Monday, November 26, 2007

Up on the Roof

Since last week's blog progress has been slow but steady. The roof is quite involved and various references have been made back to the timber frame manufacturer and the strucural engineer during the course of the week. To an extent it appears to be over-engineered (but I'm only a surveyor!) We employed a structural engineer to undertake much of the design as this was meant to save time with the timber frame manufacturer; I'm not sure this has been achieved and certainly the cost seems to be a good chunk higher. If we did this again we would handle this aspect differently but 'it is what it is'. The gloom of some dreich November days don't help and I'm beginning to hate the small cold caravan bathroom!!

On the plus side - the house is looking fabulous, we love the creation of the structure and its a pleasure to show people around. Our ever professional builder has put 3 additional joiners on site today to help get the roof structure finished. The first delivery of windows arrived last Friday and we bought the majority of the contents of the 3 bathrooms last week. The pavatherm external insulation is late but hopefully on its way, we've been chasing that delivery today. There's always something to do, as well as the day job which pays the bills. Last week we received the first interim certificate and invoice.

The photos were taken on Friday 23rd, illustrating the late Autumn sunshine at 8.30am; good light levels falling on the east elevation of the house (top photo). It was still below freezing as we'd had -4degC that night; but the views are glorious. The piccie above right is of the dining area, with its 3.5m ceiling height and lovely big window and door openings. The photo below is the view from this room to the north/northwest.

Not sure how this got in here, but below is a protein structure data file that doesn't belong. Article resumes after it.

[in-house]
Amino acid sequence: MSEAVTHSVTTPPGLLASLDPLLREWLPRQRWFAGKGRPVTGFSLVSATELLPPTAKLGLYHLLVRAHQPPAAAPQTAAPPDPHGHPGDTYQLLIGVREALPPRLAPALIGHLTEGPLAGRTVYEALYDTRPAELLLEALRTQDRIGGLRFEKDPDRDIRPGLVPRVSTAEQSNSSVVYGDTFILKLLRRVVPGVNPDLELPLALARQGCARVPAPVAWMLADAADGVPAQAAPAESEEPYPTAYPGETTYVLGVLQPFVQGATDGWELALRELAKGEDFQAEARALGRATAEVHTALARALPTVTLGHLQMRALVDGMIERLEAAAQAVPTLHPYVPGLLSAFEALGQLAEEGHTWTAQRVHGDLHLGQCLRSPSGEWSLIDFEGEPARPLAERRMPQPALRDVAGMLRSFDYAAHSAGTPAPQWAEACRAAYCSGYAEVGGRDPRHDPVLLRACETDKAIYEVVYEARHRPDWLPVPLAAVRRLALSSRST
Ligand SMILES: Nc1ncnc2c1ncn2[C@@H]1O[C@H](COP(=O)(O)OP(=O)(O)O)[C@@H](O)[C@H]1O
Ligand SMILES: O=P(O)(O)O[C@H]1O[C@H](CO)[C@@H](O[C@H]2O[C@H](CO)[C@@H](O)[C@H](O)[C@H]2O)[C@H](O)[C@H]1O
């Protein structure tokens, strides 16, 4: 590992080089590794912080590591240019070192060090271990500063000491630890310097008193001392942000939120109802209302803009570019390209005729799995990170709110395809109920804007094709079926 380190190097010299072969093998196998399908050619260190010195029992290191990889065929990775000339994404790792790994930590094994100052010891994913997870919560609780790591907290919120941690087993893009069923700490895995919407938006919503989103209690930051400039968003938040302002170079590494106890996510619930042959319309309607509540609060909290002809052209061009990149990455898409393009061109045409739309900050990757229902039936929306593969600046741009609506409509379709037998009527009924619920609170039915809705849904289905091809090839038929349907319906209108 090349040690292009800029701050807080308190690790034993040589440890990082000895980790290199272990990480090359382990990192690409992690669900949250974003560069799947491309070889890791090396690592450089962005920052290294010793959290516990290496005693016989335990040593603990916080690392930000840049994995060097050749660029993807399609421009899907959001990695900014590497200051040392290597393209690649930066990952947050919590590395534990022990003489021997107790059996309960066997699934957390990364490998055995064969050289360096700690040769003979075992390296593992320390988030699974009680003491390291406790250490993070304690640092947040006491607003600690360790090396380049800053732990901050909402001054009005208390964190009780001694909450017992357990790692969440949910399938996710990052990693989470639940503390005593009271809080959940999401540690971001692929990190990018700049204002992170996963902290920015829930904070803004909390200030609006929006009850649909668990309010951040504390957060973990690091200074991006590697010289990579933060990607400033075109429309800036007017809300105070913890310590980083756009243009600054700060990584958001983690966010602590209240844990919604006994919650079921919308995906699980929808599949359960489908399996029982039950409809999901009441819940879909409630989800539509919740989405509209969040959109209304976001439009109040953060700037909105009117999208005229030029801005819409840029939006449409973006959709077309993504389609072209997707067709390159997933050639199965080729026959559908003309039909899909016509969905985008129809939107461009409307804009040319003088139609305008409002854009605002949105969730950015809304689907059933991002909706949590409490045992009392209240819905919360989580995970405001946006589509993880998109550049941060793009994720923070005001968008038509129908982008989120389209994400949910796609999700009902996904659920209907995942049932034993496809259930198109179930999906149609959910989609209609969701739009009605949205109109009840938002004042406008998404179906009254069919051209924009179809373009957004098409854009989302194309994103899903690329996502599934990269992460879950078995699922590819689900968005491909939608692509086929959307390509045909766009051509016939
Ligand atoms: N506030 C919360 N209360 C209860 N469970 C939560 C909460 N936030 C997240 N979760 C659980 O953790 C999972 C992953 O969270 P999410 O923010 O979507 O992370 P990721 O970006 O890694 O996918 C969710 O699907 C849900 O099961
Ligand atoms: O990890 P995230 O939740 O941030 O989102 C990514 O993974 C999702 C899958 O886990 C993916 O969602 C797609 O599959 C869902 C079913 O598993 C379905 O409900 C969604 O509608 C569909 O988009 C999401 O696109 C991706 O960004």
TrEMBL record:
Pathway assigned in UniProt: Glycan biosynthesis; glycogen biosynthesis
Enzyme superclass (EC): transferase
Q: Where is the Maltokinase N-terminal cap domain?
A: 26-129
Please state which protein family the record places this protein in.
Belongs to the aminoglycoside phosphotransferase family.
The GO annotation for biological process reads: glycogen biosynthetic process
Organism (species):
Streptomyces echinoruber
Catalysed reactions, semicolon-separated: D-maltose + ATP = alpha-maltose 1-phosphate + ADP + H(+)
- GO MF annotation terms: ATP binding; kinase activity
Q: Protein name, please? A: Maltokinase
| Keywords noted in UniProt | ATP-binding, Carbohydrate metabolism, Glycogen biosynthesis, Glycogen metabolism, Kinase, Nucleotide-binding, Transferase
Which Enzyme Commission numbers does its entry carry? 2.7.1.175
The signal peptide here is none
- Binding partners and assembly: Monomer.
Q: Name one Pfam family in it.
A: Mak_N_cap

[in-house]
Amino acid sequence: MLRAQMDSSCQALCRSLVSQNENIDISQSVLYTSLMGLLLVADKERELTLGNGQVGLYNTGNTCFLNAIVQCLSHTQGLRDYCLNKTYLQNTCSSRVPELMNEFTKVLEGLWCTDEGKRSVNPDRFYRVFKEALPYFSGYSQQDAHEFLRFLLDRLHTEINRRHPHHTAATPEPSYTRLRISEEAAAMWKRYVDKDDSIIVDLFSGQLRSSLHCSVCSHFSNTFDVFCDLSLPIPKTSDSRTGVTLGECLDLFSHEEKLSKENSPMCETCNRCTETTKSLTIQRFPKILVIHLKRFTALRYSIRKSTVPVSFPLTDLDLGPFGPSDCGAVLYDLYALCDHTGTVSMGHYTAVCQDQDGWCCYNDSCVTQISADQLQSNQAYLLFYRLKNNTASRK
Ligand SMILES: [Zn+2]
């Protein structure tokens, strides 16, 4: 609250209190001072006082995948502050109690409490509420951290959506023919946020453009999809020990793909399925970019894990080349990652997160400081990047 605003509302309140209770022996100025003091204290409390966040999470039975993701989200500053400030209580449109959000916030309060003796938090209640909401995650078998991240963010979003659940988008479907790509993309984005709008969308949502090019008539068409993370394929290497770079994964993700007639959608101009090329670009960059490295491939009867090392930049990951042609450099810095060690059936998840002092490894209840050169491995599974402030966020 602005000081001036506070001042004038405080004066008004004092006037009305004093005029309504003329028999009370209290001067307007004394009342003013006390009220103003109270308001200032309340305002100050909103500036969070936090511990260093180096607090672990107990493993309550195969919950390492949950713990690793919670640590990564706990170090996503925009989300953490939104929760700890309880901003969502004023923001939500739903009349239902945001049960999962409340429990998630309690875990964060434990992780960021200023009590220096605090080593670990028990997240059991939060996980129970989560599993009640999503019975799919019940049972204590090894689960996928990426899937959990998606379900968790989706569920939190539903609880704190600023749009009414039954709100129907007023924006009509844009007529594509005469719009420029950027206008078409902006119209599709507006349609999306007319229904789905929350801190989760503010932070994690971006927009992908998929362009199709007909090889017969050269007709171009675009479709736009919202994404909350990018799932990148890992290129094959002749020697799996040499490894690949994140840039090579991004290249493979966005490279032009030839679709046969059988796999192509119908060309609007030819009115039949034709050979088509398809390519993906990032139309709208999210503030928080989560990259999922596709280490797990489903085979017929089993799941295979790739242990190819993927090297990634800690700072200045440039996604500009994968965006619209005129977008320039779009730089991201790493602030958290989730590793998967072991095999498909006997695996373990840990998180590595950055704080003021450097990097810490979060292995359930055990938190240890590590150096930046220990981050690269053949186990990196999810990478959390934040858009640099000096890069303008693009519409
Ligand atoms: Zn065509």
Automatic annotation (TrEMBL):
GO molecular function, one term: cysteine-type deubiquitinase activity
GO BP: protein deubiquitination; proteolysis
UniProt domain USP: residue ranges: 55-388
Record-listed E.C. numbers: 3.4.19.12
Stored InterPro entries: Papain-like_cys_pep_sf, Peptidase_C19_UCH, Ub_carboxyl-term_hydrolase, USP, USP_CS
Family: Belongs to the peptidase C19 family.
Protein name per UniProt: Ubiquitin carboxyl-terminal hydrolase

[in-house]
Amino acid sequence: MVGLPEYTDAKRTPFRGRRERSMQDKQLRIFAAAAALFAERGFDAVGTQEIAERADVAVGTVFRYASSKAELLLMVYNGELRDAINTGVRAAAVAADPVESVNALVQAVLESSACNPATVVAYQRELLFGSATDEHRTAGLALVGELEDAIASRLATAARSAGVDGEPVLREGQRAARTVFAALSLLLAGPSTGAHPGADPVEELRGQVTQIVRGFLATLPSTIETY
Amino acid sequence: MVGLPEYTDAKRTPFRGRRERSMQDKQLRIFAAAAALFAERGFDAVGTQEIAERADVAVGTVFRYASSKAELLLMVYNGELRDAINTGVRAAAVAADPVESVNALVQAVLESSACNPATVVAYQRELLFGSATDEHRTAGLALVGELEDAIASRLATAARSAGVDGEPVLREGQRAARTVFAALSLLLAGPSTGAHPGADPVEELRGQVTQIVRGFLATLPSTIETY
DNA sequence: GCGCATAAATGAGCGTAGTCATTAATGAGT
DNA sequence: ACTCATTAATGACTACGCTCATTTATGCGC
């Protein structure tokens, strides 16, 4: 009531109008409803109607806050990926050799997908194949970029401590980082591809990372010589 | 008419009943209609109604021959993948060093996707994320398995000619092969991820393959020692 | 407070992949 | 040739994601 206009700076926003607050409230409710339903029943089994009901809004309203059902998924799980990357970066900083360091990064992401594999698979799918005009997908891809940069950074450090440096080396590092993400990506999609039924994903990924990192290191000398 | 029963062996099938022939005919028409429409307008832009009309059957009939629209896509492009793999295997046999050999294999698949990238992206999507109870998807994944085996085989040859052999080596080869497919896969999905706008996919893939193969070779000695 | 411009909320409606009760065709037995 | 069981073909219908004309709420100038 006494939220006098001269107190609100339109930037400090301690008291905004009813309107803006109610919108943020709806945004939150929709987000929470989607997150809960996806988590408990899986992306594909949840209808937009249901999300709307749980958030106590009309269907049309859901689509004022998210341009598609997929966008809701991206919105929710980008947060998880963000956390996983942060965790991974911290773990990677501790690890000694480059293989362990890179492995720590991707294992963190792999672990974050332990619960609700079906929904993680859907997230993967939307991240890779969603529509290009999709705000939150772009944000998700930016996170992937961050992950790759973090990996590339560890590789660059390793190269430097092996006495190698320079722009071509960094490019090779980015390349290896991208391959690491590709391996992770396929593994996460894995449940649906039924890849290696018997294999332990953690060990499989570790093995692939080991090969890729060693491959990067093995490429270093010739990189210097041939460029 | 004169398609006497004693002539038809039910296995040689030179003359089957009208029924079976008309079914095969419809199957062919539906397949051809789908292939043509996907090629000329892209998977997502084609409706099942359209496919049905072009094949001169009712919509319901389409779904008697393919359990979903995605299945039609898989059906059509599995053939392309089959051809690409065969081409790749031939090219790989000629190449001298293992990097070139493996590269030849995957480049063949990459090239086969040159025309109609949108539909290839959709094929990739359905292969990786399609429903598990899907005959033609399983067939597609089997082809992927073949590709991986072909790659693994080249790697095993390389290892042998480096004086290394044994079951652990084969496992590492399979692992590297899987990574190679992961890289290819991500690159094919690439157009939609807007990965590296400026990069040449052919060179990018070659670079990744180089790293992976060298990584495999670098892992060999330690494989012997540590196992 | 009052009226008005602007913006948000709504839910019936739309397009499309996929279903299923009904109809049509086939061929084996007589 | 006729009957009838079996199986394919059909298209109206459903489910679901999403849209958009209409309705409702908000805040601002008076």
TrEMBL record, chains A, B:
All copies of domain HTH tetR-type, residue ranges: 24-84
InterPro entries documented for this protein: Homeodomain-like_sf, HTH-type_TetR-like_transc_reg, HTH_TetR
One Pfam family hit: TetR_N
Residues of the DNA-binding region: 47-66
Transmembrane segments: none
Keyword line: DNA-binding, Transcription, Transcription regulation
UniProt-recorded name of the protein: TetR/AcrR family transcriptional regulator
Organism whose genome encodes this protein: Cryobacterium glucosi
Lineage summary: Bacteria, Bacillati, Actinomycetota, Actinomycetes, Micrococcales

Jane said...

In our old house we took out part of a wall in a kitchen and a structural engineer did the drawings. His previous job had been on the SECC armidillo and this was a moonlighting job.
To say it was over engineered would be generous - we ended up spending a whole load of unneccessary money.
A roof, windows, bathrooms (well fittings) - how exciting. Isn't this weather gloomy though?
Hoping you can pick your way through the mud,

Steve said...

Jane - our involvement of a structural engineer has brought some key benefits, in particular the steel portal frame system which has allowed huge open and un-interupted internal spaces and maximised use of the building's total internal volume. On the minus side however, the structural engineer has introduced some quirks of design with which our otherwise experienced builders are unfamiliar and which, as a Chartered Engineer myself, I have felt a need to question. The biggest issue for us personally though has been the cost of the engineer's involvement, despite the usual advice to self-builders to employ as much professional help as you can afford.